Environmental groups are accusing the Trudeau government of acting in bad faith after it quietly signed a bilateral agreement with the U.S. that could allow it to evade some of its obligations to stop shipping plastic waste to poor countries around the world.
(Gothenburg, Sweden) As people and ecosystems around the world are increasingly exposed to multiple and interacting hazardous chemicals, experts from leading international law and global chemical safety organizations are releasing a groundbreaking report that offers a clear pathway to finance the control and regulate toxic chemicals and waste: a producer-pays tax on basic chemicals.
The chemical industry generates trillions of dollars in annual sales (projecting sales over USD 11 trillion in 2030), but it does not bear the significant health and environmental costs that derive from its activities. These costs, according to World Health Organization estimates, include 1.6 million annual premature deaths due to the global disease burden attributable to preventable chemical mismanagement and 45 million Disability-Adjusted Life Years (DALYs).
The proposal by the Center for International Environmental Law (CIEL) and the International Pollutants Elimination Network (IPEN) asserts that chemical producers must take greater financial responsibility for the safe management of their products, beginning with the production of feedstock chemicals that fuel the global chemicals sector and the rapidly growing petrochemical industry.
The plan proposes a small coordinated fee of 0.5% on the production value of basic chemicals that will fund the sound management of chemicals and waste. Basic chemicals are early-stage chemicals produced from petroleum, natural gas, and other raw materials. These chemicals represent the basic building blocks from which all other chemicals are made. In 2018, sales of basic chemicals totaled USD 2.3 trillion.
Webinar series helps communities face wave of waste-to-energy proposals that hide toxic effects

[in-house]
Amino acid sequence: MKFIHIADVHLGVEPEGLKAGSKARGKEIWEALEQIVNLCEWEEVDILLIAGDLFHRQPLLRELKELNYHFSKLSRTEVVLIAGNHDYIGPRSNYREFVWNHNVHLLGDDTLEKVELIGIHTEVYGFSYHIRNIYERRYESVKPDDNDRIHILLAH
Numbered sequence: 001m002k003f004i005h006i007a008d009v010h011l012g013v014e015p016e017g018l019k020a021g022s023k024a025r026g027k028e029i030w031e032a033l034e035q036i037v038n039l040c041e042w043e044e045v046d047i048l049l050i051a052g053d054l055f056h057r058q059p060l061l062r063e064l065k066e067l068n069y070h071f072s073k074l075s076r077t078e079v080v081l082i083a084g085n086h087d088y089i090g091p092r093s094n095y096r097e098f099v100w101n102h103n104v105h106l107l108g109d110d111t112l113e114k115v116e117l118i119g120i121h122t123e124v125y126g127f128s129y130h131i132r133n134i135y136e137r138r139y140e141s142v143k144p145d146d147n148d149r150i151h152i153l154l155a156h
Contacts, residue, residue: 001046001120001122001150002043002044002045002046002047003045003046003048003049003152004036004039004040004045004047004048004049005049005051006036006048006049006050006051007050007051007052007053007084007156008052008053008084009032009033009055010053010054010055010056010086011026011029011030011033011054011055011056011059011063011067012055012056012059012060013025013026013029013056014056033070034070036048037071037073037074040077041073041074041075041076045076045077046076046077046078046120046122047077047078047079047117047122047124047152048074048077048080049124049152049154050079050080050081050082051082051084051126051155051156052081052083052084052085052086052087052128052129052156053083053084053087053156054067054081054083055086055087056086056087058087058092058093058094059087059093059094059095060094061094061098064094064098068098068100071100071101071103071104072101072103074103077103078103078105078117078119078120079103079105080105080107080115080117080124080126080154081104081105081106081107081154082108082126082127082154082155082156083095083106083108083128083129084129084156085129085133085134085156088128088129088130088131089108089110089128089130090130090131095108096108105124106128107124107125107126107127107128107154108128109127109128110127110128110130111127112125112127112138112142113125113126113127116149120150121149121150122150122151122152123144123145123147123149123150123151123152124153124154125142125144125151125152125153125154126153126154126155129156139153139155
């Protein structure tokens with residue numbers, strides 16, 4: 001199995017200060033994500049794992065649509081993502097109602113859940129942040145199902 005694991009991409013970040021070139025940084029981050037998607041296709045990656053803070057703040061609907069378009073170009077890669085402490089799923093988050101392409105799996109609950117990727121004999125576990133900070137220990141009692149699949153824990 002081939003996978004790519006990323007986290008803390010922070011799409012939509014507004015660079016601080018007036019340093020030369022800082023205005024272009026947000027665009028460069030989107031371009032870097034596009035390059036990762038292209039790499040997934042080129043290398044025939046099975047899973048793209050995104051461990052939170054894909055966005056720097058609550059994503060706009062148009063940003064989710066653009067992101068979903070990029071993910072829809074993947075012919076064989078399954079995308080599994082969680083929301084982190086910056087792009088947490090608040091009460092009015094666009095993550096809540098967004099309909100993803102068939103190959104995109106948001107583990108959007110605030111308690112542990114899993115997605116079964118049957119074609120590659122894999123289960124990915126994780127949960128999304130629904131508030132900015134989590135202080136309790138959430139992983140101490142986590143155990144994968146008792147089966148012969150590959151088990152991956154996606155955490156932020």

Friday, 11 September 2020
Zero Waste Australia in concert with IPEN has created a webinar series aimed at steering communities back to an environmentally sound plastics waste strategy that doesn’t include waste-to-energy incineration projects, after the incineration industry seized upon a national declaration to end waste exports.
In 2019, the Council of Australian Governments (COAG) declared that waste plastic, glass, paper and tyres would no longer be exported, stating that: "The COAG waste export ban is the first step in taking responsibility for our own waste and using this resource to create jobs, spark innovation, and deliver strong environmental outcomes."
The waste industry was quick to see an opportunity. Now, much of Australia's waste will be reprocessed into Process Engineered Fuel and Refuse Derived Fuel — both mixtures of waste that include discarded material, including plastics — for continued export overseas or as fuel for paper mills, cement plants, and waste-to-energy incinerators in Australia.
(Mexico City) - IPEN environmental and health organizations, together with other civil society organizations, sent a letter yesterday to the Ministry of Health, the Federal Commission for the Protection of Sanitary Risks and the Federal Attorney's Office of the Consumer, requesting to end the sale of J&J baby powder and any other brands containing mineral talc, to avoid risks to the health of consumers by applying the Precautionary Principle.
Click the link above to read the letter and press release (Spanish).
Read the letter and press release urging the Mexican governemnet to recall Johnson and Johnson products containing mineral talc and join other international governments in banning talc that may contain asbestos from products.
After LG’s toxic release of styrene vapor into a nearby residential area killing and injuring people, the Andhra Pradesh State Governmentconvened a High Power Committee (HPC) to investigate the tragedy.
Two months later, the HPC delivered a 4,000-page report sharply critical of LG’s management. The government investigation demonstrated LG’s disregard for safety, raised the possibility of a double standard in LG operations in South Korea and India and revealed significant environmental pollution caused by LG’s massive styrene release.